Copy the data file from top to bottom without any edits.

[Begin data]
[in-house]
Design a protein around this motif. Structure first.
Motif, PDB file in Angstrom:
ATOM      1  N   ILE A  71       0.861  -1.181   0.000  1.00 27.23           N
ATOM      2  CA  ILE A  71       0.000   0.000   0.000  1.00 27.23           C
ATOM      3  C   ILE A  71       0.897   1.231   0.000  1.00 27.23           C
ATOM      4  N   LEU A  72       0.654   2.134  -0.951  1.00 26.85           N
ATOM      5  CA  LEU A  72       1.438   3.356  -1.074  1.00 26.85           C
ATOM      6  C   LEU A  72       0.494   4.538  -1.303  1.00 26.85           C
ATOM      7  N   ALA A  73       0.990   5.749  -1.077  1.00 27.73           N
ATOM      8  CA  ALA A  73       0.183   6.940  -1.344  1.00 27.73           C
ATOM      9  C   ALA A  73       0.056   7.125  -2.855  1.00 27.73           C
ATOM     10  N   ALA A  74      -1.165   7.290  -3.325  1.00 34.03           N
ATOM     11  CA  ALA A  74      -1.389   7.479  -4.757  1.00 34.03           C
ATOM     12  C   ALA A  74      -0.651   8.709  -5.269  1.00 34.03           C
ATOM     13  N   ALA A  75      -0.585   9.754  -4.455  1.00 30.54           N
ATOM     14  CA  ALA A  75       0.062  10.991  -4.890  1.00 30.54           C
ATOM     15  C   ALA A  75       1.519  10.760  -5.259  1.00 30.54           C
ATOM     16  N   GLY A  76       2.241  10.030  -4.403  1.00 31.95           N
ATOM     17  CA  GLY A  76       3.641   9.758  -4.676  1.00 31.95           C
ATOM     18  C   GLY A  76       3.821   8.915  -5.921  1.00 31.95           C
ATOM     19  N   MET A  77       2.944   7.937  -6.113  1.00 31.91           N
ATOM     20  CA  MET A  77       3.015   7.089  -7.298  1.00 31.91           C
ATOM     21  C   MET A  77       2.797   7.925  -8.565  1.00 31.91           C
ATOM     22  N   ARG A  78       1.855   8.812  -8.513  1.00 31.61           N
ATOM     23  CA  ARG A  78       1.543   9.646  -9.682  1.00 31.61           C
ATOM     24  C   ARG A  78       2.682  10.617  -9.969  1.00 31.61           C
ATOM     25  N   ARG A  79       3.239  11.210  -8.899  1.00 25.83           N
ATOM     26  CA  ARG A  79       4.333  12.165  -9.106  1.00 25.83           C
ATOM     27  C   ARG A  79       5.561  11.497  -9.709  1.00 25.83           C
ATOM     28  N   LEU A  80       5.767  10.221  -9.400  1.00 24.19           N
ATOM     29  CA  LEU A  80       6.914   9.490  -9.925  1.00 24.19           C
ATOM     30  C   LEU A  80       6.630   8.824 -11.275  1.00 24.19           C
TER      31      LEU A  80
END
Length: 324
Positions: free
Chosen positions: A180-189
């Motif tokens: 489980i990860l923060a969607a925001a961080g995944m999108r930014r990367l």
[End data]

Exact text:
[in-house]
Design a protein around this motif. Structure first.
Motif, PDB file in Angstrom:
ATOM      1  N   ILE A  71       0.861  -1.181   0.000  1.00 27.23           N
ATOM      2  CA  ILE A  71       0.000   0.000   0.000  1.00 27.23           C
ATOM      3  C   ILE A  71       0.897   1.231   0.000  1.00 27.23           C
ATOM      4  N   LEU A  72       0.654   2.134  -0.951  1.00 26.85           N
ATOM      5  CA  LEU A  72       1.438   3.356  -1.074  1.00 26.85           C
ATOM      6  C   LEU A  72       0.494   4.538  -1.303  1.00 26.85           C
ATOM      7  N   ALA A  73       0.990   5.749  -1.077  1.00 27.73           N
ATOM      8  CA  ALA A  73       0.183   6.940  -1.344  1.00 27.73           C
ATOM      9  C   ALA A  73       0.056   7.125  -2.855  1.00 27.73           C
ATOM     10  N   ALA A  74      -1.165   7.290  -3.325  1.00 34.03           N
ATOM     11  CA  ALA A  74      -1.389   7.479  -4.757  1.00 34.03           C
ATOM     12  C   ALA A  74      -0.651   8.709  -5.269  1.00 34.03           C
ATOM     13  N   ALA A  75      -0.585   9.754  -4.455  1.00 30.54           N
ATOM     14  CA  ALA A  75       0.062  10.991  -4.890  1.00 30.54           C
ATOM     15  C   ALA A  75       1.519  10.760  -5.259  1.00 30.54           C
ATOM     16  N   GLY A  76       2.241  10.030  -4.403  1.00 31.95           N
ATOM     17  CA  GLY A  76       3.641   9.758  -4.676  1.00 31.95           C
ATOM     18  C   GLY A  76       3.821   8.915  -5.921  1.00 31.95           C
ATOM     19  N   MET A  77       2.944   7.937  -6.113  1.00 31.91           N
ATOM     20  CA  MET A  77       3.015   7.089  -7.298  1.00 31.91           C
ATOM     21  C   MET A  77       2.797   7.925  -8.565  1.00 31.91           C
ATOM     22  N   ARG A  78       1.855   8.812  -8.513  1.00 31.61           N
ATOM     23  CA  ARG A  78       1.543   9.646  -9.682  1.00 31.61           C
ATOM     24  C   ARG A  78       2.682  10.617  -9.969  1.00 31.61           C
ATOM     25  N   ARG A  79       3.239  11.210  -8.899  1.00 25.83           N
ATOM     26  CA  ARG A  79       4.333  12.165  -9.106  1.00 25.83           C
ATOM     27  C   ARG A  79       5.561  11.497  -9.709  1.00 25.83           C
ATOM     28  N   LEU A  80       5.767  10.221  -9.400  1.00 24.19           N
ATOM     29  CA  LEU A  80       6.914   9.490  -9.925  1.00 24.19           C
ATOM     30  C   LEU A  80       6.630   8.824 -11.275  1.00 24.19           C
TER      31      LEU A  80
END
Length: 324
Positions: free
Chosen positions: A180-189
């Motif tokens: 489980i990860l923060a969607a925001a961080g995944m999108r930014r990367l």